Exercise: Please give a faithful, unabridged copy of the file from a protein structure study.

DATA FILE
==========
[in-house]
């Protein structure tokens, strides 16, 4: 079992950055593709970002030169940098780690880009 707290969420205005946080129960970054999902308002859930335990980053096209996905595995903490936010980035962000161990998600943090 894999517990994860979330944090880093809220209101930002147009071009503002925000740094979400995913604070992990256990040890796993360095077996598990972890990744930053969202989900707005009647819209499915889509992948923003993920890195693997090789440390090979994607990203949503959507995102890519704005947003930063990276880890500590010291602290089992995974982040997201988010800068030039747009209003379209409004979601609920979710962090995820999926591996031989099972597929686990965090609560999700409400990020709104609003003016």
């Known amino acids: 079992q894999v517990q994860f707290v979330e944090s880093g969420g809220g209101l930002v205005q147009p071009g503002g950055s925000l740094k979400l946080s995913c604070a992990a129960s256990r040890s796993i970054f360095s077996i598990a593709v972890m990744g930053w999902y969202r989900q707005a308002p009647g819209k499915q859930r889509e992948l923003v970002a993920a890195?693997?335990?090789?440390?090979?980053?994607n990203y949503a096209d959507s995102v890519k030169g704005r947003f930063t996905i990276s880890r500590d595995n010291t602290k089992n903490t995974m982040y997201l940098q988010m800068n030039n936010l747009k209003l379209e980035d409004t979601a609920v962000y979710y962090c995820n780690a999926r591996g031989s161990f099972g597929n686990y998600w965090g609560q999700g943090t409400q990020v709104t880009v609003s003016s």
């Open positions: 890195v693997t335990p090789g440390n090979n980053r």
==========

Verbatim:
[in-house]
């Protein structure tokens, strides 16, 4: 079992950055593709970002030169940098780690880009 707290969420205005946080129960970054999902308002859930335990980053096209996905595995903490936010980035962000161990998600943090 894999517990994860979330944090880093809220209101930002147009071009503002925000740094979400995913604070992990256990040890796993360095077996598990972890990744930053969202989900707005009647819209499915889509992948923003993920890195693997090789440390090979994607990203949503959507995102890519704005947003930063990276880890500590010291602290089992995974982040997201988010800068030039747009209003379209409004979601609920979710962090995820999926591996031989099972597929686990965090609560999700409400990020709104609003003016």
């Known amino acids: 079992q894999v517990q994860f707290v979330e944090s880093g969420g809220g209101l930002v205005q147009p071009g503002g950055s925000l740094k979400l946080s995913c604070a992990a129960s256990r040890s796993i970054f360095s077996i598990a593709v972890m990744g930053w999902y969202r989900q707005a308002p009647g819209k499915q859930r889509e992948l923003v970002a993920a890195?693997?335990?090789?440390?090979?980053?994607n990203y949503a096209d959507s995102v890519k030169g704005r947003f930063t996905i990276s880890r500590d595995n010291t602290k089992n903490t995974m982040y997201l940098q988010m800068n030039n936010l747009k209003l379209e980035d409004t979601a609920v962000y979710y962090c995820n780690a999926r591996g031989s161990f099972g597929n686990y998600w965090g609560q999700g943090t409400q990020v709104t880009v609003s003016s």
């Open positions: 890195v693997t335990p090789g440390n090979n980053r």